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Dear University President Lawrence S. Bacow,
Over the weekend, I read with mounting disappointment, and then growing anger, your letter to the Harvard community titled "What I believe." Like you, Dr. Bacow, I graduated from Harvard Law School. Like you, I am white and Jewish, roughly the same age. Like you, I remember 1968 clearly.
Unlike you, I do not remember us “moving forward.” I remember us moving on.
Unlike you, I do not believe that “our strength as a nation is due in no small measure to our tradition of welcoming those who come to our shores in search of freedom and opportunity, individuals who repay us multiple times over through their hard work, creativity, and devotion to their new home.” Let’s try to set aside the troubling implicit but undefined “we” in that statement, though it’s hard to ignore. Let’s set aside its fallacy, given the many times this nation has closed its borders to groups desperate to enter or abused them once they arrived — the oppressed from (to name a few) China, Japan, Vietnam, Ireland, Italy, El Salvador, Haiti, Mexico, Nigeria; and the Jews, like your family and mine, trying to escape the pogroms and the Holocaust. Set aside, too, whether the reference to “our nation” includes the indigenous people we’ve displaced from their lands and whose heritage we've tried to eradicate.
How about the people dragged here in chains? In a statement to the Harvard community prompted by racial tragedy, this omission leaps off the page. Four hundred years later, have they yet been welcomed to “our” shores or thanked for their hard work, creativity, and devotion they’ve maintained in the face of the unending persecution that’s been inflicted on them? This nation we share was built on the blood and sweat that have been demanded of them, only to be repaid by laws and policies that have crippled them.
I am not the head of world's best known university, but unlike you, I could not have written that “all of us, liberal and conservative, Democrat and Republican, whatever our race or ethnicity, want a better life for our children” without calling out the countless ways nice white folks (and the beloved university) have tacitly made it easier for their children to get that better life than the children of black parents. (Despite the debates that have raged at Harvard over affirmative action, has Harvard eliminated factors it traditionally used that gave non-academically-based boosts vastly favoring white applicants: legacy, financial contributions to the school, geographic distribution, and recruitment for students to field sports like ice hockey, water polo, sailing, squash, and crew? Will Harvard eliminate use of standardized testing it currently seems to rely heavily on?)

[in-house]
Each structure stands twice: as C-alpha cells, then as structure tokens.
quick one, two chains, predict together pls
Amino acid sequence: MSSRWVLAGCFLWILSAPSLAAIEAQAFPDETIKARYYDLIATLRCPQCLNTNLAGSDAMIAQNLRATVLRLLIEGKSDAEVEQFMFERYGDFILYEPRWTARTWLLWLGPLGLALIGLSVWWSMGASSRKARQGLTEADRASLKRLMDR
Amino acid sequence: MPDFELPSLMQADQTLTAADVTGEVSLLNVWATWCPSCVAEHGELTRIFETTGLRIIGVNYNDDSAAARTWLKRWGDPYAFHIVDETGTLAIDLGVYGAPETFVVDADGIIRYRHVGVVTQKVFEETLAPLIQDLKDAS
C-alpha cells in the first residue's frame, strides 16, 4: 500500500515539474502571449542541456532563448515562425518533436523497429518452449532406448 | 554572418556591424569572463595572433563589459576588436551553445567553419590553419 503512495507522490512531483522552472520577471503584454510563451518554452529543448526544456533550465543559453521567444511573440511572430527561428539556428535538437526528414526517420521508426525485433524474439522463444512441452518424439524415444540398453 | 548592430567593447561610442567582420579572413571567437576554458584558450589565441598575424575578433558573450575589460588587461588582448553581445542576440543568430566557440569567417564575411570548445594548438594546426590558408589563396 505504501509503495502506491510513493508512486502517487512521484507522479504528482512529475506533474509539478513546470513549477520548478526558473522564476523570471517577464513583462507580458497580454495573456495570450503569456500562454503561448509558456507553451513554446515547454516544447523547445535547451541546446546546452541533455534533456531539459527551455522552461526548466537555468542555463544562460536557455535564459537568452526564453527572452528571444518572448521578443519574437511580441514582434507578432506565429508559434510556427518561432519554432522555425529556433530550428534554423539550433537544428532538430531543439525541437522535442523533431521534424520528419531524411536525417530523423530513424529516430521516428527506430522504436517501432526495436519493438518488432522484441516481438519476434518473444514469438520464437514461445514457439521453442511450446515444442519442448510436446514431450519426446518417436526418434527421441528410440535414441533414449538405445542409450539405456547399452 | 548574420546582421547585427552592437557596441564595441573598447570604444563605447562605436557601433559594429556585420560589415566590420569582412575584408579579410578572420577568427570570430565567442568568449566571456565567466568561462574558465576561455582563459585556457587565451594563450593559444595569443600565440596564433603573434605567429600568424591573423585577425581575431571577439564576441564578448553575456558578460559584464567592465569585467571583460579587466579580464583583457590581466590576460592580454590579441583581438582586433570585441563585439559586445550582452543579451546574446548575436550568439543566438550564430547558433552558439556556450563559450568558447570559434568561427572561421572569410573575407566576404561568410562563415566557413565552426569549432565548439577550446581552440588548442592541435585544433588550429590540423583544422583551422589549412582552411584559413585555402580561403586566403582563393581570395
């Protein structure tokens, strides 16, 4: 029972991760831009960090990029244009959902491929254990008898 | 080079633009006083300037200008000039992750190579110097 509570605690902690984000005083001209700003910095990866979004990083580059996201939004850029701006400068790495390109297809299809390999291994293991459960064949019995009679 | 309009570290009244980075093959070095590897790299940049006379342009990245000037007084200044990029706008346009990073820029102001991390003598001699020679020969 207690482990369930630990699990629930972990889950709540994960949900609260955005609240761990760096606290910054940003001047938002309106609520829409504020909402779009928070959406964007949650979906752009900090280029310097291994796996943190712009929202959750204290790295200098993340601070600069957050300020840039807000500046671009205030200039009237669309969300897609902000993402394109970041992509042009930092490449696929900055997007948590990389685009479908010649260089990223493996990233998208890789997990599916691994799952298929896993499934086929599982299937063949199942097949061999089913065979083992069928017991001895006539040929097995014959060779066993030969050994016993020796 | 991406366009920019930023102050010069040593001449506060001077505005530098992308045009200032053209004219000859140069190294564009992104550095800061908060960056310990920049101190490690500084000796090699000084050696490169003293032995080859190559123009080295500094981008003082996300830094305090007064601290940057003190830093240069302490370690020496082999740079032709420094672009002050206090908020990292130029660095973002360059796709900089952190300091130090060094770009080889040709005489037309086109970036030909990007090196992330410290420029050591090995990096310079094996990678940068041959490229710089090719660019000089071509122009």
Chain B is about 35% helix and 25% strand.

Dr. Bacow, I have four African American children. I can picture them under the knee of a police officer, and I do, night after night. But I don’t think it requires having children who are directly in harm’s way to say that, unlike you, I could not have written the pablum you served up in your letter.
You referred in your letter to your belief in the Constitution and the rights conferred by the 14th Amendment — one that’s supposed to guarantee due process and equal protection of the laws to all Americans. What specifically does that mean to you? Despite the fact that your letter was sent in response to one in a unbroken series of outrages against the black community, it fails to talk about or identify them. Even when you wrote about the disruption and “incomprehensible loss” caused by COVID-19, you never mentioned the disparate impact the pandemic has had on communities of color and the resulting rates of unemployment.
I would have been interested in reading about ways Harvard, with its vast network of distinguished alumni in every boardroom, courtroom, classroom, hospital, and governing body in this country, must take on as a central focus the sources of, and concrete ways to fix, these tragic imbalances. I would have been interested in reading about how you will use the University’s resources to widen the conversation to include those who never had the privilege of attending Harvard. I would have been interested in reading about plans for Harvard, under your leadership, to do a deep dive into its own practices to figure out why the college admits 14 percent African American applicants but only matriculates eight to nine percent, and what that percentage really means to that sole black student (and his or her classmates) in a class of 15.
I would have been interested in reading any attempt to reflect the real pain once again visited upon the black community instead of a list of your beliefs in unrealized American myths and aspirations.
So please, President Bacow, talk to us like the thinking adults we are. Admit candidly the ways Harvard has failed during its long history to promote for everyone the American dream you believe in, and the ways you intend to use your position to fix that right now.
You have been given much. We expect more from you.
Amy Gershenfeld Donnella is a graduate of Harvard Law School.
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